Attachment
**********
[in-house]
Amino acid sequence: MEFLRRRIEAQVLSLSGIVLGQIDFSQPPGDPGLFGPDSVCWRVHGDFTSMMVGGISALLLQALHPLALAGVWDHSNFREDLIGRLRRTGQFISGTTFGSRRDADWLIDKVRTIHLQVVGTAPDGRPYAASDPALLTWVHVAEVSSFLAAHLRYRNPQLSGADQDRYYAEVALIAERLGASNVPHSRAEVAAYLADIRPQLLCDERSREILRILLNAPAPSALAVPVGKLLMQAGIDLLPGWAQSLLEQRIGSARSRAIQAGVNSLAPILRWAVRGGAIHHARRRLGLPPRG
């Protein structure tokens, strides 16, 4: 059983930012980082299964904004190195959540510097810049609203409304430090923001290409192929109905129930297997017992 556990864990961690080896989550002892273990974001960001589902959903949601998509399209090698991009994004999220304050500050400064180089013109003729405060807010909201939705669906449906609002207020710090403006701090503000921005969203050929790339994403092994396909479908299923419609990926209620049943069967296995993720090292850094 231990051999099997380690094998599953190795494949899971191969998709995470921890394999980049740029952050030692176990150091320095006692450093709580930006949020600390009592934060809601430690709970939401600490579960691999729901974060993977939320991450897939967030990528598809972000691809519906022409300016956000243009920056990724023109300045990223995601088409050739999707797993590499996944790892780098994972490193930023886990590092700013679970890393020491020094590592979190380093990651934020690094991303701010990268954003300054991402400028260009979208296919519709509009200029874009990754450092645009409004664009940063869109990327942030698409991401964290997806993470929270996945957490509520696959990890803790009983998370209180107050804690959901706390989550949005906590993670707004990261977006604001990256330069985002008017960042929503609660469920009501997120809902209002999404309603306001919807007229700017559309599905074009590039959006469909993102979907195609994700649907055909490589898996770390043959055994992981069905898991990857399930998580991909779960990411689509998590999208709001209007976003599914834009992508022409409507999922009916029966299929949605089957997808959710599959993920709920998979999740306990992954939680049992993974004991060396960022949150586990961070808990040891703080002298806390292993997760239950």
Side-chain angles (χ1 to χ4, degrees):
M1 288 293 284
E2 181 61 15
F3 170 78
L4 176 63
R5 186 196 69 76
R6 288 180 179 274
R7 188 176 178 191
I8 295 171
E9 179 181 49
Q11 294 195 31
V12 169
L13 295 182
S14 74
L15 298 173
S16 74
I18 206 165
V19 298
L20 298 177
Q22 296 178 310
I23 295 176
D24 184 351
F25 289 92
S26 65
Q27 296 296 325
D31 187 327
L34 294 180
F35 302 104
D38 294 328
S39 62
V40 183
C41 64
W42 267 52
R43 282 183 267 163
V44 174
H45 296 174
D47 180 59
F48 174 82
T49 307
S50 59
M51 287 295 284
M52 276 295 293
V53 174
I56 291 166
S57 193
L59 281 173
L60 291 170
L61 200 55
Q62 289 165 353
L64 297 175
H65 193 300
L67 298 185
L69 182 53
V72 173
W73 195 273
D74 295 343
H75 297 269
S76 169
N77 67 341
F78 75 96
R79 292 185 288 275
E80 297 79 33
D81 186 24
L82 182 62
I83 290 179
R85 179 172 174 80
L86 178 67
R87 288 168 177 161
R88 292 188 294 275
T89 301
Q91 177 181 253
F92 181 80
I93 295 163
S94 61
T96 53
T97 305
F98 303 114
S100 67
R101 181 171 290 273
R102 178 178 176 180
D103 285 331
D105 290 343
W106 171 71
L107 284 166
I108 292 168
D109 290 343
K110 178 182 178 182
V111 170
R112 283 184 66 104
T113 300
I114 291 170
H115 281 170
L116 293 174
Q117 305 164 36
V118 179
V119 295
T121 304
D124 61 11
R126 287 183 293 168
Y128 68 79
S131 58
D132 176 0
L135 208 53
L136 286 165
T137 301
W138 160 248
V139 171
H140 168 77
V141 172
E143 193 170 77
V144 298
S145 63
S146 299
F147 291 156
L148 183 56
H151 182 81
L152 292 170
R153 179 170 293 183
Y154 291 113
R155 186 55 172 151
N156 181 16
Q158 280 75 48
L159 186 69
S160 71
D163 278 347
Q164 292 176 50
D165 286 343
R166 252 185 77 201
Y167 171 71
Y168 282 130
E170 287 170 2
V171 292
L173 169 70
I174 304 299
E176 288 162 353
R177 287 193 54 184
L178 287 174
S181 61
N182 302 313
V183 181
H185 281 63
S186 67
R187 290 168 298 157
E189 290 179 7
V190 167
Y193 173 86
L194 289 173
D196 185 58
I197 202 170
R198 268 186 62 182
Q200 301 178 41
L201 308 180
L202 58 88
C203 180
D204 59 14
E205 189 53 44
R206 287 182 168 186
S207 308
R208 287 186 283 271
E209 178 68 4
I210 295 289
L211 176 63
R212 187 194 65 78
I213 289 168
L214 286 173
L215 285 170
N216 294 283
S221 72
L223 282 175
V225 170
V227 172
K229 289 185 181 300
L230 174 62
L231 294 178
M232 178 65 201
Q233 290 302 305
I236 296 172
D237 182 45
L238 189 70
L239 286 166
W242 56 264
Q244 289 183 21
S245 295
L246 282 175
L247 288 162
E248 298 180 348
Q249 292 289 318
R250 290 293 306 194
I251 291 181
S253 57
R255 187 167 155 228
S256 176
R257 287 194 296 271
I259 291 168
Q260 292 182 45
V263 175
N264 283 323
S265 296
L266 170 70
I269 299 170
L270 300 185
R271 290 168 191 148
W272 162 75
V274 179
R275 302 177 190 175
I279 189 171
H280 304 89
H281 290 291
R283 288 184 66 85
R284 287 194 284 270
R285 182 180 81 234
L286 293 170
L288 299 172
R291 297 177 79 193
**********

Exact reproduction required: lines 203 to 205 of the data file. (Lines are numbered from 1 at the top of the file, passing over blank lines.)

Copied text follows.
I269 299 170
L270 300 185
R271 290 168 191 148